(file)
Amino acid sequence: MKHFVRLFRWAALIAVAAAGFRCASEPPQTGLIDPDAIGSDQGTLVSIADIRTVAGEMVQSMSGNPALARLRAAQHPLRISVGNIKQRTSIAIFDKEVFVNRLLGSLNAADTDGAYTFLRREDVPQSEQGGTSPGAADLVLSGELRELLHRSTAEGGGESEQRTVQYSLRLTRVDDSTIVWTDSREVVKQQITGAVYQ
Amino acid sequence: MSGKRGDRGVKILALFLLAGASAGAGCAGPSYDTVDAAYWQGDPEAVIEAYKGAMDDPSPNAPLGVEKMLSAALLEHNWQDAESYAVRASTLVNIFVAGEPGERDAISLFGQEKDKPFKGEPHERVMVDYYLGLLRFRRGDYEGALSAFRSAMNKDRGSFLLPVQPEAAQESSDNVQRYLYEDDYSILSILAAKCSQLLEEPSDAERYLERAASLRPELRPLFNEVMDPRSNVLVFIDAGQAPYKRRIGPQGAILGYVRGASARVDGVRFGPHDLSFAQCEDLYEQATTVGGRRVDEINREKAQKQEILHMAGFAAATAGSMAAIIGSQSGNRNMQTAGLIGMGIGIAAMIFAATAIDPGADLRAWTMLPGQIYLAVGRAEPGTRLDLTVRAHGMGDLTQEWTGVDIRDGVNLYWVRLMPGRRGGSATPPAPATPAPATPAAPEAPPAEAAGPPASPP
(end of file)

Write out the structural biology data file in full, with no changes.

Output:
Amino acid sequence: MKHFVRLFRWAALIAVAAAGFRCASEPPQTGLIDPDAIGSDQGTLVSIADIRTVAGEMVQSMSGNPALARLRAAQHPLRISVGNIKQRTSIAIFDKEVFVNRLLGSLNAADTDGAYTFLRREDVPQSEQGGTSPGAADLVLSGELRELLHRSTAEGGGESEQRTVQYSLRLTRVDDSTIVWTDSREVVKQQITGAVYQ
Amino acid sequence: MSGKRGDRGVKILALFLLAGASAGAGCAGPSYDTVDAAYWQGDPEAVIEAYKGAMDDPSPNAPLGVEKMLSAALLEHNWQDAESYAVRASTLVNIFVAGEPGERDAISLFGQEKDKPFKGEPHERVMVDYYLGLLRFRRGDYEGALSAFRSAMNKDRGSFLLPVQPEAAQESSDNVQRYLYEDDYSILSILAAKCSQLLEEPSDAERYLERAASLRPELRPLFNEVMDPRSNVLVFIDAGQAPYKRRIGPQGAILGYVRGASARVDGVRFGPHDLSFAQCEDLYEQATTVGGRRVDEINREKAQKQEILHMAGFAAATAGSMAAIIGSQSGNRNMQTAGLIGMGIGIAAMIFAATAIDPGADLRAWTMLPGQIYLAVGRAEPGTRLDLTVRAHGMGDLTQEWTGVDIRDGVNLYWVRLMPGRRGGSATPPAPATPAPATPAAPEAPPAEAAGPPASPP